Relegated to the Burn Pile

I’ve been neglecting the blog lately due to some heavy dissertation writing, rewriting, and career hand-wringing.  Many paragraphs have been relegated to the burn pile.  Grafting new ideas onto old roots.  Trying not to get swept away by some new theoretical position.

Cider is always on the mind, though, and I’ve been in on several conversations lately that hinge on the market capacity for craft breweries, cider, wine, and spirits.  Speaking with some of my marketing friends, it sounds like keeping on top of the next big thing is increasingly fast-paced: new social media platforms to populate, new trends to mastermind.  One day, it’s cider, the next, it’s craft distilleries.  A colleague of mine with a more optimistic attitude is hoping to open another brewery here and is pretty sure that there’s more than enough space in the market, while another friend is convinced cider is the way to go now.  And still a third thinks both are way behind the curve and the craft distilleries are the wave of the future.

It makes me wonder how fast trends are coming and going, and what incentive there is to get into the very long-term and labor intensive work of growing apples and grapes?  I muck in on a part time basis at the vineyard here, and the losses from this past winter’s brutal cold are forcing the vineyard crew to pull some pretty long days dealing with the vine maintenance and replanting.  It makes conversation about the ever-changing winds of market trends feel positively inane when you are cutting down vines in the early summer and contemplating the months of tying, training, shoot selection, and the years of re-growth before you get another harvest.

For me, the long term patience, and the care and cultivation that go into orchards and vineyards are what contribute to the magic of cider and wine.  The importance and pleasure of the drink is not just in the taste – though that is certainly important – but in the mind, in the story of the place where that grape or that apple grew.  The patience of wine and cider is something that appeals to my own personal sense of just being tuned into time and place and labor, where human stories and natural environments collide in agricultural artistry.

I see a parallel with organic or sustainably grown food, and my distaste for marketing that promotes it as a consumer choice for personal health or better taste.  The importance of that enterprise is not increased nutrition, health, or taste – though of course these things are important too – but the  knowledge that the food was grown and cared for in a way that was sensitive to the long term health of the environment and the economic and social sustainability of local communities engaged in this work.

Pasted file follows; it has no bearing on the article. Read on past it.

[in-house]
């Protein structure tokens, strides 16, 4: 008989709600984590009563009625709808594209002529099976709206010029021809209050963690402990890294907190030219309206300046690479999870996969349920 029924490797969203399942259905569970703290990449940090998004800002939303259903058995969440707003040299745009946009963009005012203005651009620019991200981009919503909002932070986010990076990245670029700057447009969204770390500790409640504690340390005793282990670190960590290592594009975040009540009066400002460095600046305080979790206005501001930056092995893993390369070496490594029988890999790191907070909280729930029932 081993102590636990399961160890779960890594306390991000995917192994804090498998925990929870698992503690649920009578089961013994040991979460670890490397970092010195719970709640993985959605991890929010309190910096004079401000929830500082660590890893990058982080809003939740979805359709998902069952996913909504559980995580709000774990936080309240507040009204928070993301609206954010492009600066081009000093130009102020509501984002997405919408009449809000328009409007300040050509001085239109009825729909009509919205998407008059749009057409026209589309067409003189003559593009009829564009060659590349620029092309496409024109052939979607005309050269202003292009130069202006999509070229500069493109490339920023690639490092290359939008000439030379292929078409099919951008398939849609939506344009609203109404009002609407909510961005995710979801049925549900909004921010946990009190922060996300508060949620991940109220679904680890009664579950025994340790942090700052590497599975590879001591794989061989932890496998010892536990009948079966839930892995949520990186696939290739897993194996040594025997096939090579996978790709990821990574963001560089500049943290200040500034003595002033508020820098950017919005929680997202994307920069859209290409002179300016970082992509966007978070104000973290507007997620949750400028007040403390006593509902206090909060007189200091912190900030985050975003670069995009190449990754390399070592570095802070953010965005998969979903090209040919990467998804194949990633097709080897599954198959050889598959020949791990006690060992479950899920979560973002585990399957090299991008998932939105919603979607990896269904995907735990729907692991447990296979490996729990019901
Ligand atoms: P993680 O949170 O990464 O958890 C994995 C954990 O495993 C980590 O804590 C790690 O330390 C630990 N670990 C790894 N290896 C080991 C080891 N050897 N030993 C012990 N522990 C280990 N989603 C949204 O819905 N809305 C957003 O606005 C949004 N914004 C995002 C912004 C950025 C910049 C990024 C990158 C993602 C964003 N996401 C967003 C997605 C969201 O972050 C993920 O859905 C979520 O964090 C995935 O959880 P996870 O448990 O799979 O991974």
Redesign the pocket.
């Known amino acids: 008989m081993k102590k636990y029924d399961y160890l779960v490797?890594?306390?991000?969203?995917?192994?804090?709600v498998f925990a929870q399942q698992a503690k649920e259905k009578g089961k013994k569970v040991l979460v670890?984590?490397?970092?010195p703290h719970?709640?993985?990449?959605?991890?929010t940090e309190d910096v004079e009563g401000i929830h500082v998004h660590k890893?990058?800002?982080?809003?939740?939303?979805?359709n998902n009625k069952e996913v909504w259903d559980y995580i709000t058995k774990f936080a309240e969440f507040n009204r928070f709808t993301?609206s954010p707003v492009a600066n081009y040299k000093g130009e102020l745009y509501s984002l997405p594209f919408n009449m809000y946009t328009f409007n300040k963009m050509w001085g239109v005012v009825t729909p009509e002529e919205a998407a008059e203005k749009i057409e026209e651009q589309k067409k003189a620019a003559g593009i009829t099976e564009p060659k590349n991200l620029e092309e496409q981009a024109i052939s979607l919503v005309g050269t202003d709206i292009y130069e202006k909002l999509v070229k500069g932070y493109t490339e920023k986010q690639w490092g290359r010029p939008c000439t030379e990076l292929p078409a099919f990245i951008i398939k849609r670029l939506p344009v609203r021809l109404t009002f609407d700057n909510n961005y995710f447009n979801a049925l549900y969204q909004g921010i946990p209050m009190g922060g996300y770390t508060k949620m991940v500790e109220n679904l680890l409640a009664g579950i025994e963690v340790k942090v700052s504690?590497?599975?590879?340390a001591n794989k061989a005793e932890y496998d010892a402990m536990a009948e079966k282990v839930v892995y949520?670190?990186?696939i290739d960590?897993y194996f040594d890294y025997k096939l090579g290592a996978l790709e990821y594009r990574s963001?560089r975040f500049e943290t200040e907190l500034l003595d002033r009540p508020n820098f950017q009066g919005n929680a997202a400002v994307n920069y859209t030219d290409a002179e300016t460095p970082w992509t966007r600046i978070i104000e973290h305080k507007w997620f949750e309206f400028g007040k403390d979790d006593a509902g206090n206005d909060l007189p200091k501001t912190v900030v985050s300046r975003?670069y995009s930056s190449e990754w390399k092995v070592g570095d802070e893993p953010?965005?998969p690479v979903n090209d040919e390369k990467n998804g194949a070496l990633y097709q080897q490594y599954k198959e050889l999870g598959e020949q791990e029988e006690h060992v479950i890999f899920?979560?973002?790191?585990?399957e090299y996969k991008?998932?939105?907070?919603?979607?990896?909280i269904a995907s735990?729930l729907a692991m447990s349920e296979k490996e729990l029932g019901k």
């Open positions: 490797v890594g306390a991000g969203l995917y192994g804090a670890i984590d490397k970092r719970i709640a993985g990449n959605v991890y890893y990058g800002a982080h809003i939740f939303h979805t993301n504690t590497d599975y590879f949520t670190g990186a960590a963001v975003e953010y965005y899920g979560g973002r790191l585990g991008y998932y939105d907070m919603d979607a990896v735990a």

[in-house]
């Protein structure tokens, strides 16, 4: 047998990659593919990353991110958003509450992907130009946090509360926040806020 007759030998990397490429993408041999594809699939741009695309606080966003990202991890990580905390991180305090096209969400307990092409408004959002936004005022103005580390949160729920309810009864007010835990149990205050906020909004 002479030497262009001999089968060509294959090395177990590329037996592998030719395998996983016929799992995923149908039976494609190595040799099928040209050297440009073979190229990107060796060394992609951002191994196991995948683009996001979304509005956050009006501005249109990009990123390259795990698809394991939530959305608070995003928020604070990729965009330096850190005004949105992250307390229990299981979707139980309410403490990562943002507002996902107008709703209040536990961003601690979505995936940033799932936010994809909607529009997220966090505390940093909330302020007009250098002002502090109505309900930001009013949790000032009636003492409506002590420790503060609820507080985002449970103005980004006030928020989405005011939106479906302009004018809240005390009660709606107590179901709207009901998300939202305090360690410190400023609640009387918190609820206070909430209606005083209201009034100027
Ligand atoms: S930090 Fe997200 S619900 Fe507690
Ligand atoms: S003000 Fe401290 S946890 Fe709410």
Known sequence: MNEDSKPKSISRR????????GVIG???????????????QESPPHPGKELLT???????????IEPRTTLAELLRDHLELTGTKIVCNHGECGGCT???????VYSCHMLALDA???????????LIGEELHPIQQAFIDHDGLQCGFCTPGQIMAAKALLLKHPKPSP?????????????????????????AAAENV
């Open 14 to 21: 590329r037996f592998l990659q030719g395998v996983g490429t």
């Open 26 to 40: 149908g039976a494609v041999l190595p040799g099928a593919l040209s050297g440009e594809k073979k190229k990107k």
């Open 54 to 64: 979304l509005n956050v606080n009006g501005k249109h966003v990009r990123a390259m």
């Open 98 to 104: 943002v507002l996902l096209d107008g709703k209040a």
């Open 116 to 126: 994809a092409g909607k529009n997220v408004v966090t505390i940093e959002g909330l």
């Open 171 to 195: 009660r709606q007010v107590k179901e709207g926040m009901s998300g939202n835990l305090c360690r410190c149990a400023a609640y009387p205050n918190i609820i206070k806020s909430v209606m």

I know good marketing is important for the success of a business and its ability to devote itself to the long-term care of its resources (trees, workers, community, as well as dollars).  I still think that cider, in order to be viable in the long term, and not just another market trend or rising drinks category, needs to communicate its identity in a way that emphasizes its heritage, its sustainable environmental impact, and its connection to agricultural families, businesses, and communities.  In order to do justice to the years of cultivation and care it takes to grow an apple, we need a message that can transcend the marketed, trending moment and put roots down for years to come.  I’m more convinced than ever, after dragging dead grape vines to a burn pile and planting tender new ones for the future, that we need to be able to communicate the heritage, labor, and patience of cider orchards in the same way that the wine industry does for its vineyards and grapes.

Well, after that little missive, I’ve got to get back to the dissertation and the dirt.

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About teapottipper

Folklore PhD Student. Gardener. Cook. Walker. Tea drinker.
This entry was posted in Landscapes, North America, Orchards, Vineyards. Bookmark the permalink.

3 Responses to Relegated to the Burn Pile

  1. Lindsey says:

    Beautifully said, Maria, could not agree more!

  2. Well said (as always). I just signed the line for an FSA microloan to put in several hundred cider trees. It is going to take a full season just to install the trellises, irrigation well and plumbing, and prep the field. Last summer was the expense and sweat of putting up the 8′ hi-tensile electric fence. The story of the drink is so very important. It must taste good, no doubt there, but knowing the labor of love that went into crafting it leaves a wonderful and lingering after taste.

  3. oliverscider says:

    I can only agree with the sentiments expressed in your blog and by Al and Lindsey. Without the fruit there is nothing to relish or cherish and the skills, patience and sheer hard work involved should never be underestimated.

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